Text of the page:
As the nation retreats from stores and restaurants to air travel to thwart the spread of COVID-19, the consumer economy has come to a near-screeching halt, with a range of business sectors taking massive hits.
Here, experts weigh in on the impact thus far of the coronavirus on U.S. retail, hospitality, foodservice and fashion, and glimpse a post-pandemic business landscape.
Retail: For the nation’s biggest private employer, ‘we have no idea when consumer spending will bounce back’
Retail is the juggernaut of the U.S. economy, contributing a whopping $2.6 trillion, or about 25%, to the annual GDP, according to the National Retail Federation.
As an ever-growing list of national players like Macy’s, Nordstrom, Nike and Apple shutter their doors in the wake of the virus, and with Simon, the country’s largest mall operator, closing over 200 shopping centers, a sector that’s already been battered by widespread closures is taking another hit, as stores go dark around the country.
“Retail is the nation’s largest private-sector employer, supporting 52 million jobs overall,” Matt Shay, president and CEO of the NRF, told CO—. “While select retailers are not seeing diminished sales — warehouse clubs, grocery and drug stores — as consumers stock up on essential items, others are struggling.”
Retailers that sell wants not needs, like apparel merchants and department stores, for example, will bear the brunt of this crisis, Ray Wimer, an assistant professor of the retail practice at Syracuse University’s Martin J. Whitman School of Management, told CO—.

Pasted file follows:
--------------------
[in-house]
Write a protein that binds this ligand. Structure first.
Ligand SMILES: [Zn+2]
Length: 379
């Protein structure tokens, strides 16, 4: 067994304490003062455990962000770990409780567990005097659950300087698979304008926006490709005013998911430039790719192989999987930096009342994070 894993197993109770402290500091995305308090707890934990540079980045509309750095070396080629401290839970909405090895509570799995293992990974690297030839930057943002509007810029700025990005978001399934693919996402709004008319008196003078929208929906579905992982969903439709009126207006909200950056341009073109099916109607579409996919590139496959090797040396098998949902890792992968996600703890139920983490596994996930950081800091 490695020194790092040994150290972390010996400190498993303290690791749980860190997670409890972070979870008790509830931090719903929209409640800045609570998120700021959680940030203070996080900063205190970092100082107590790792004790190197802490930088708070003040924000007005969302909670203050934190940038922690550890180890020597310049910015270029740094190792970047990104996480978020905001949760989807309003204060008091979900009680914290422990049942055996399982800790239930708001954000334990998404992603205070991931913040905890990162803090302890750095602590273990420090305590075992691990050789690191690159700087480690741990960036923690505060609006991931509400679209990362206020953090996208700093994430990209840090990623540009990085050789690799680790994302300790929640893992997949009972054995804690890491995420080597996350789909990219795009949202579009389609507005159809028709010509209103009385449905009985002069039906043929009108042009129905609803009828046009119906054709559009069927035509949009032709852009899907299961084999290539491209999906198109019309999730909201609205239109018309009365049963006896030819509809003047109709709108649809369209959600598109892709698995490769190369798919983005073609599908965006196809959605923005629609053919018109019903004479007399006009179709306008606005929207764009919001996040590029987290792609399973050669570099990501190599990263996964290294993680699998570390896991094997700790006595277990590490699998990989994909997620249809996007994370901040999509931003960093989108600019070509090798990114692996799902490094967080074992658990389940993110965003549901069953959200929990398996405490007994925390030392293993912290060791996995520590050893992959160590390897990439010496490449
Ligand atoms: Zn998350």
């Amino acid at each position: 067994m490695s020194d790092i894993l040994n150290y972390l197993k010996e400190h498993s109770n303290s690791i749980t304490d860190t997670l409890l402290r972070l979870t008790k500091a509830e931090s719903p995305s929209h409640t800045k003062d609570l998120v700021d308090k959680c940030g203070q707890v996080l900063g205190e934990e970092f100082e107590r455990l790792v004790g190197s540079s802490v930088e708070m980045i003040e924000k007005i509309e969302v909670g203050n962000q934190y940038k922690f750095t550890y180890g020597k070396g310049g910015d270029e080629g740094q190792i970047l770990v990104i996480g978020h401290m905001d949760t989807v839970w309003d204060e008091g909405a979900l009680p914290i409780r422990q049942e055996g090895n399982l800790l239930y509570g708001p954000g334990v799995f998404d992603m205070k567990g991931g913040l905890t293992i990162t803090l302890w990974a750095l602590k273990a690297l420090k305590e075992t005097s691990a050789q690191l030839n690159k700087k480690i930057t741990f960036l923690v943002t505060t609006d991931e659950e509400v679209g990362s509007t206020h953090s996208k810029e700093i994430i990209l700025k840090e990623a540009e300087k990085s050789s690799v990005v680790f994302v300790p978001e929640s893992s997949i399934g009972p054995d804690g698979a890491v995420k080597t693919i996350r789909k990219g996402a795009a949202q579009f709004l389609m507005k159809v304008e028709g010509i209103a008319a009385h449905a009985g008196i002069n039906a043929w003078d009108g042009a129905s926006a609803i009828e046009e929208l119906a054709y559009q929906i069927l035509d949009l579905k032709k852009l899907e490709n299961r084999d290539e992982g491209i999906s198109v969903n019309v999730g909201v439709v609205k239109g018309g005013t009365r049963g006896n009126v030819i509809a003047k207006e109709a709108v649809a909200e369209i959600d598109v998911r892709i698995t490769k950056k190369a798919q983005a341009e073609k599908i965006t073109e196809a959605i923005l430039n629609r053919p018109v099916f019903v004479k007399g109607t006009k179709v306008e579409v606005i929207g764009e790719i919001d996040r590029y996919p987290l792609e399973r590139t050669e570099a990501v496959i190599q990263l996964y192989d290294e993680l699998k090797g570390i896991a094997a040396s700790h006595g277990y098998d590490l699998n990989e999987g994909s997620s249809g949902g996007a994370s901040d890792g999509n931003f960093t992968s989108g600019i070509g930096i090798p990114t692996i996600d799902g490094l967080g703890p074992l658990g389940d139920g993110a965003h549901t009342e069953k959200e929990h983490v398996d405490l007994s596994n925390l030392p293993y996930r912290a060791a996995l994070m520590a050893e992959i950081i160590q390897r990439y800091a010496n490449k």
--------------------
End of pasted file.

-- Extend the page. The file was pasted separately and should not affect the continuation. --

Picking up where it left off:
The coronavirus pandemic is vastly different from other crisis situations, Wimer said. “It took consumers about six weeks to start spending in the retail sector after 9/11; about six months post the  crash. Right now, there is so much uncertainty that we have no idea when consumer spending will bounce back,” he said. “It really depends on how the government continues to place restrictions that help flatten the curve and when these restrictions will be lifted. Being optimistic, the third quarter for retail should bounce back if restrictions are ended by May 31.”
Still, “the revenue being lost right now is not going to be made up, so many retailers will have a huge issues with meeting loan obligations,” Wimer said. “There will also be some supply chain issues as there will be backup of product, which may mean [retailers] cancel the orders with manufacturers.”
Adapting and potential silver linings
The virus has fueled an uptick in online shopping, which still accounts for a mere 10.7% of total U.S. retail sales. According to a recent survey of 1,000 consumers by brand protection firm Red Points, 58% of Americans have purchased more items online compared to in-store than they normally would have, due to fears of the coronavirus.
That shift could lead to changed buying behavior post-pandemic, turning longtime e-commerce holdouts into converts, such as older shoppers who are now most at risk, according to eMarketer.
What’s more, nascent retail models could gain momentum. “Post-2008 saw the rise of off-price retail and value retailers,” Wimer said. “Will the consumer decide that they are okay with not shopping as much for new items? Will this mean that rental or consignment retail will take off?”
Read the full article in US Chamber of Commerce.